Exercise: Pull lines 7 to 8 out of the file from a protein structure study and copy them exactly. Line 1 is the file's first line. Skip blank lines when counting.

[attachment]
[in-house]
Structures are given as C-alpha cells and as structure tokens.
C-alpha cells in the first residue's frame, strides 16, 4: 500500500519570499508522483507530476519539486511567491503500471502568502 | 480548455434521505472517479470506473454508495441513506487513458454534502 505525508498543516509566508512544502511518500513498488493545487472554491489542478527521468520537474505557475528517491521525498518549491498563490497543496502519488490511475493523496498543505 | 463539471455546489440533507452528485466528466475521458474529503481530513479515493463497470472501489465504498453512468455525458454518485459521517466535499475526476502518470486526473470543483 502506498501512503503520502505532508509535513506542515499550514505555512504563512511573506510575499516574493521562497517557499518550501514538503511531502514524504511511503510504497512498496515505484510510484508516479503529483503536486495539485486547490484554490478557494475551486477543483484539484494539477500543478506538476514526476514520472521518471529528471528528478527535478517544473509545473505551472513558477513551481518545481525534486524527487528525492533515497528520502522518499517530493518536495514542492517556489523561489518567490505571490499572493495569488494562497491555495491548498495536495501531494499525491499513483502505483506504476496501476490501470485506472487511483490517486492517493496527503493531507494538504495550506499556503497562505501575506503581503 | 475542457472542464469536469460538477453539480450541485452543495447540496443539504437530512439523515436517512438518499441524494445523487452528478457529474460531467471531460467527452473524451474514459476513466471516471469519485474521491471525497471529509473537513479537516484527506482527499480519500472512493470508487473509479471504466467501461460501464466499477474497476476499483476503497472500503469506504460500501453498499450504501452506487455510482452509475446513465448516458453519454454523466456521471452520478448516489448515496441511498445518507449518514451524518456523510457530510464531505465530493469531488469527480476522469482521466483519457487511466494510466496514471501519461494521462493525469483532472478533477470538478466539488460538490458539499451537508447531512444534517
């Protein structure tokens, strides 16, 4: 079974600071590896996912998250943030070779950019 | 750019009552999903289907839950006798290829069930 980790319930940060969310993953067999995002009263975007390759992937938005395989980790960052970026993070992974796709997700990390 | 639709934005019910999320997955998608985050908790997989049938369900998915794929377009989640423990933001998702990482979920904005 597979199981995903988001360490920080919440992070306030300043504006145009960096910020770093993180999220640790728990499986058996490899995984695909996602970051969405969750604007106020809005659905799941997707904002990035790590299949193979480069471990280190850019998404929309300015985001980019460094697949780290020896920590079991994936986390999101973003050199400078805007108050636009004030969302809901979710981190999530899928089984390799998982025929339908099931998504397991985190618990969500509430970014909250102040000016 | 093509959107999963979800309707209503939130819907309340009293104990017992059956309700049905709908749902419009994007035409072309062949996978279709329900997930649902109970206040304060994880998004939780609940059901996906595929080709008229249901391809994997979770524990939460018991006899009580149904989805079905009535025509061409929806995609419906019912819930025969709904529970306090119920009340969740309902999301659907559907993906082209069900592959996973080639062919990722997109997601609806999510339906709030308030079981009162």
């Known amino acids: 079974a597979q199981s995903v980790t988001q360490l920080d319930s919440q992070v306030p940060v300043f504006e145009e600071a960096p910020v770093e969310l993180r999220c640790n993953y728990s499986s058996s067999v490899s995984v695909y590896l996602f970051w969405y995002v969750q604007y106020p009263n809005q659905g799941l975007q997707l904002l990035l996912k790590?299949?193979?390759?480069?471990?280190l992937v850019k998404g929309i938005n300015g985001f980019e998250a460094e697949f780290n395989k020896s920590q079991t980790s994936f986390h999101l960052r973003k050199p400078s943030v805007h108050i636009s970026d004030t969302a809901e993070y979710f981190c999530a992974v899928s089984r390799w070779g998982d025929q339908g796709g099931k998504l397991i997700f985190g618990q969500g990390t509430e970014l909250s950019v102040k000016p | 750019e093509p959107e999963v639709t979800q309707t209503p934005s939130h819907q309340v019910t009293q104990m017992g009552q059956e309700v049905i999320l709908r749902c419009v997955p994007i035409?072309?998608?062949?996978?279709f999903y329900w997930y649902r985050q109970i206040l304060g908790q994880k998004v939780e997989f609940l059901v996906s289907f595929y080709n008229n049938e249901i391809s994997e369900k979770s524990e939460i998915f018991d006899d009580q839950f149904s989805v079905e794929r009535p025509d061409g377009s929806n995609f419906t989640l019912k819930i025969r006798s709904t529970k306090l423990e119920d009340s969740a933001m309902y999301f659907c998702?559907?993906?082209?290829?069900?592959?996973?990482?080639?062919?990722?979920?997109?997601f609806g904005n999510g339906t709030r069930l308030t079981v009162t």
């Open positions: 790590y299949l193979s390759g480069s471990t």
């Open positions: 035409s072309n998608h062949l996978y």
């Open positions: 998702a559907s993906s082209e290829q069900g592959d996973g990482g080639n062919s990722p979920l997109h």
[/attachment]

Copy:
């Open positions: 035409s072309n998608h062949l996978y």
């Open positions: 998702a559907s993906s082209e290829q069900g592959d996973g990482g080639n062919s990722p979920l997109h």